Dan's bundle of DNS utils and servers is called DNScache, but that only begins
to describe it. DNScache consists of the following components, each of which
operate independently or in conjunction with each other to provide a complete
suite of DNS services that is capable of replacing BIND in most installations.
- dnscache - A client resolver daemon, it listens for UDP and TCP queries, recurses on behalf of clients, and caches answers based on simple rules that are designed to thwart cache poisoning attacks.
- tinydns - An authoritative DNS server, it listens for UDP queries, and
answers with zone data read directly from a fast hash database, and is immune
from cache poisoning because it doesn't have one.
- axfrdns - The zone transfer server, it reads data from the tinydns
database to satisfy zone transfer requests in order to provide interoperability
with BIND. It also answers client queries over TCP from the tinydns database.
- axfr-get - The zone transfer client, again for BIND interoperability.
- walldns - A specialized in-addr.arpa DNS server, it provides consistent forward and reverse resolution for your netblock without revealing any hostnames and
requires no zone data.
- pickdns - A load-balancing DNS server that can answer with different records
depending on the client source address.
- rbldns - A specialized DNS server suitable for serving lists of IP addresses, RBL-style.
All servers run chrooted, as a non-privileged userid. They are managed by
another package called daemontools,
which supervises the daemons, and allows the admin to send signals to managed
processes. Daemontools also manages the logs for the
programs it supervises. To support DNS over TCP or zone transfers, you'll also
need to get ucspi-tcp.
This review will focus on dnscache and tinydns, the tools most likely to be useful to most installations.
The caching client resolver component implements a number of design features that make it practically immune to attack. For one, its responses are given
with a TTL of zero, to make it difficult for hostile clients to discover when
the TTL expires for a particular record, which in turn makes it difficult to
mount some poisoning attacks that can affect BIND.
Because of this, dnscache is only suitable for listing in a client's
resolv.conf or equivalent. It should never be listed as
authoritative for a domain for this reason, and also because it never sets the
authoritative flag in its responses. This also means that it cannot
daisy-chain to another dnscache, as is often done with BIND in split-DNS
configurations. But no matter, dnscache has other features that make it
firewall-friendly. It reads a configuration file at startup which is the
equivalent of the BIND cache or hints file, and uses those servers as the
roots. Unlike BIND, it believes the sysadmin when he tells it who the roots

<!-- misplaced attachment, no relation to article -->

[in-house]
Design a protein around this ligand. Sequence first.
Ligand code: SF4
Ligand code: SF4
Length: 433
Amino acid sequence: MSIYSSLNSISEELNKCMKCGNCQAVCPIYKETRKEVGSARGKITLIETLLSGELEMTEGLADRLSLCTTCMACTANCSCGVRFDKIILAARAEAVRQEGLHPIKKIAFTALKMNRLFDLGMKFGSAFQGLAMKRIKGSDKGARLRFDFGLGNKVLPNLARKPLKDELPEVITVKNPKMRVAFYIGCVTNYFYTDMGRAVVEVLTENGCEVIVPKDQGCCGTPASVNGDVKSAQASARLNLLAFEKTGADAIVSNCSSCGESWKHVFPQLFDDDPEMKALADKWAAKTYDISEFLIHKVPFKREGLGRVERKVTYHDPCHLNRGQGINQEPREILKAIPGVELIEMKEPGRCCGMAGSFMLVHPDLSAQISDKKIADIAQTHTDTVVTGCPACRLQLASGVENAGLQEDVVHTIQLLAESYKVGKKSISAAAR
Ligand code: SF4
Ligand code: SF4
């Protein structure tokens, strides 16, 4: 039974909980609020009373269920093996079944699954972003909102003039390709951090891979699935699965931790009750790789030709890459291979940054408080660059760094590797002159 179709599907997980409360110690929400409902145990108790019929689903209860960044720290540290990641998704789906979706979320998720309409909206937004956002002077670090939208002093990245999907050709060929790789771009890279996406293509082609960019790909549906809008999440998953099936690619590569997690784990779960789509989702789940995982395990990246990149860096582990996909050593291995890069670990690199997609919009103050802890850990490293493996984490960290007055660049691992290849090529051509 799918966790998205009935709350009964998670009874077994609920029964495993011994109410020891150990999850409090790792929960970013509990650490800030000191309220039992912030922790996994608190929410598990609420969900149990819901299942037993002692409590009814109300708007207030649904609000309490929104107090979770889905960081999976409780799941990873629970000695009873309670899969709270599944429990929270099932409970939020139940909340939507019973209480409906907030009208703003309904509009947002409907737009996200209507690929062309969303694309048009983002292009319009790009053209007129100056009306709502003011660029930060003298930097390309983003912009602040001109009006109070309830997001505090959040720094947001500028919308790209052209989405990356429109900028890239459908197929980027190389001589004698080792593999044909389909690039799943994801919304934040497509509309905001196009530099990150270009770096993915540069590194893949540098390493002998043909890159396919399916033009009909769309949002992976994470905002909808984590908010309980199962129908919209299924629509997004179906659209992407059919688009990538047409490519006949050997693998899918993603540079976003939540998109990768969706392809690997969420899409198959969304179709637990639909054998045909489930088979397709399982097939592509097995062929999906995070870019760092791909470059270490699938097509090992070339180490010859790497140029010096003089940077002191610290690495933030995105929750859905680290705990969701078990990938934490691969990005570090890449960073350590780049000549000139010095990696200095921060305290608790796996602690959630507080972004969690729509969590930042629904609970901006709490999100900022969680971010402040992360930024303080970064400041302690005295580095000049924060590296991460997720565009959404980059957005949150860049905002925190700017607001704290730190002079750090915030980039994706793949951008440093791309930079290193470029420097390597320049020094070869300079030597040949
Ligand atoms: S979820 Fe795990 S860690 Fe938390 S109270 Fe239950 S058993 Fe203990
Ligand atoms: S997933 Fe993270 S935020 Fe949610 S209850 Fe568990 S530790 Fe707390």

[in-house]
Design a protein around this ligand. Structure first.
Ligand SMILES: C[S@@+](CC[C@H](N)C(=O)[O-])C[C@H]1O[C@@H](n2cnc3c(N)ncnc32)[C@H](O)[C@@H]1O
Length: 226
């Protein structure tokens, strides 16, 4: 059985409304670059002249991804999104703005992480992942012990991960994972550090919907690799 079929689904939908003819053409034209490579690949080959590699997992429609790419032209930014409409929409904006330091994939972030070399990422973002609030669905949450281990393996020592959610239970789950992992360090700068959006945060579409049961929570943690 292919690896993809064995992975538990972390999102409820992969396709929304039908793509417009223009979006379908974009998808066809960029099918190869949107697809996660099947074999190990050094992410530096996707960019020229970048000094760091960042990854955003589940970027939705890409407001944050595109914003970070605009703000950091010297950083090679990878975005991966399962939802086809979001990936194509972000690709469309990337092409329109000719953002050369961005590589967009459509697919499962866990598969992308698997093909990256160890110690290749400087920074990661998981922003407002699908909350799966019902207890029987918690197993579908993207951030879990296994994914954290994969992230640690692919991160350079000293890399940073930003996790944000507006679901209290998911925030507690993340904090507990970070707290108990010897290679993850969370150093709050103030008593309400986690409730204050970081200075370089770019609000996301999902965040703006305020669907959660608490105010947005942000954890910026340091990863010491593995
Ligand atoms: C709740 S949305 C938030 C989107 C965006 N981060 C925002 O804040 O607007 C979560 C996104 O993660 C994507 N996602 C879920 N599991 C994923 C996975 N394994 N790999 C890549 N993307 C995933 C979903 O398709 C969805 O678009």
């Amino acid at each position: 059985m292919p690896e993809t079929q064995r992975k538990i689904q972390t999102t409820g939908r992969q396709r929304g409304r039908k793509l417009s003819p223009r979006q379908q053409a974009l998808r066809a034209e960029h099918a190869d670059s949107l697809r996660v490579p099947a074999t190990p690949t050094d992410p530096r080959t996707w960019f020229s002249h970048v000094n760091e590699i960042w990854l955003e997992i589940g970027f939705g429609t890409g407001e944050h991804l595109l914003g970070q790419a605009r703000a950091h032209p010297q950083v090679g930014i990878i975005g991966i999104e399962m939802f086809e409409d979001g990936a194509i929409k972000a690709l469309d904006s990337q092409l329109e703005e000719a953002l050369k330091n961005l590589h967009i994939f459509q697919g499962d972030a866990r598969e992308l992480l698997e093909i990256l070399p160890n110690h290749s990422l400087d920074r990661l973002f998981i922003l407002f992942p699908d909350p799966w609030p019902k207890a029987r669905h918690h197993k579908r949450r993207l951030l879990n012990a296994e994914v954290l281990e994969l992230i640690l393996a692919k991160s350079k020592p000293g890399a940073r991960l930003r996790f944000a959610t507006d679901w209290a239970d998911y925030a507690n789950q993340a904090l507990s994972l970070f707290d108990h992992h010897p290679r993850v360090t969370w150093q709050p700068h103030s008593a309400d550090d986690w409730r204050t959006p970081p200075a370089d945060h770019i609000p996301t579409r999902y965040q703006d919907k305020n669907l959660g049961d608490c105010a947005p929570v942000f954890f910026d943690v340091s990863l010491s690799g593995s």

are. BIND queries the servers listed in its hints file, and uses their answers
to discover the roots. DNScache can also be told to ignore the roots for
particular domains, and query the designated servers directly. This allows it
to service queries for public domains and private domains without a messy
Its credibility rules are the heart of its poison avoidance strategy.
DNScache will not return or cache a response while recursing to resolve a
domain name unless it got the answer from the roots, the authorities for the
second-level domain, or the authority for the domain itself. It rigorously
refuses to believe any answer that does not descend from a chain of
delegations that can be traced to the roots (or from an admin override).
glue is discarded. Dr. Bernstein would like to see domain policies changed
so that all servers listed in the roots belong to the zone they are
authoritative for. This would eliminate the possibility of cache poisoning,
and simplify the administration of the registries. But it would also require
that the registries allow a single host (IP address) to have more than one name.
Finally, DNScache uses a configurable cache size, and will not exceed this limit. Records are normally expired according to the TTL given by the authority for
the domain. But if the cache size would exceed the admin's limit, records are
discarded in order of least-recently-used to make room for new ones. The
default size of 1Mb is probably too small for sites larger than a home DSL or
cable modem user. I'm using a cache size of 30Mb to service 2000 employees
and the production environment at CitySearch and Ticketmaster Online.
Our two DNS servers are refurbished Sun Ultra200E workstations with only 128Mb memory installed. Load never exceeds 0.5, even at the peak. Each DNS server runs
two instances of DNScache that are each listening on their own network segment.
Be aware that DNScache can be more stressful on a NAT device than BIND. It uses a random source port for each query, whereas BIND picks one source port at
startup and uses that for all queries. This means that each query made by DNScache
will be seen by a NAT device as a new session, even if it is to a nameserver that was just queried a moment ago. The sessions can mount up and
may overrun the resources of your NAT device. I am moving my NAT system to
the near side of our WAN link so that I can
run DNScache on the NAT system itself, and avoid creating 30,000 NAT sessions
on our IP-filter NAT box when
our weblog analyzer makes its daily romp through the log files.
This is the authoritative DNS server component. It reads zone data directly from
a fast hash database of Bernstein's design called
cdb or constant database. This
database is compiled from a text source file with a format that is easy for
programs (awk, sed, perl) to edit, and reasonably easy for humans to read and
edit. It's compact, and after a short period of use, I prefer it to BIND's
zone file format. Here's a sample zone file: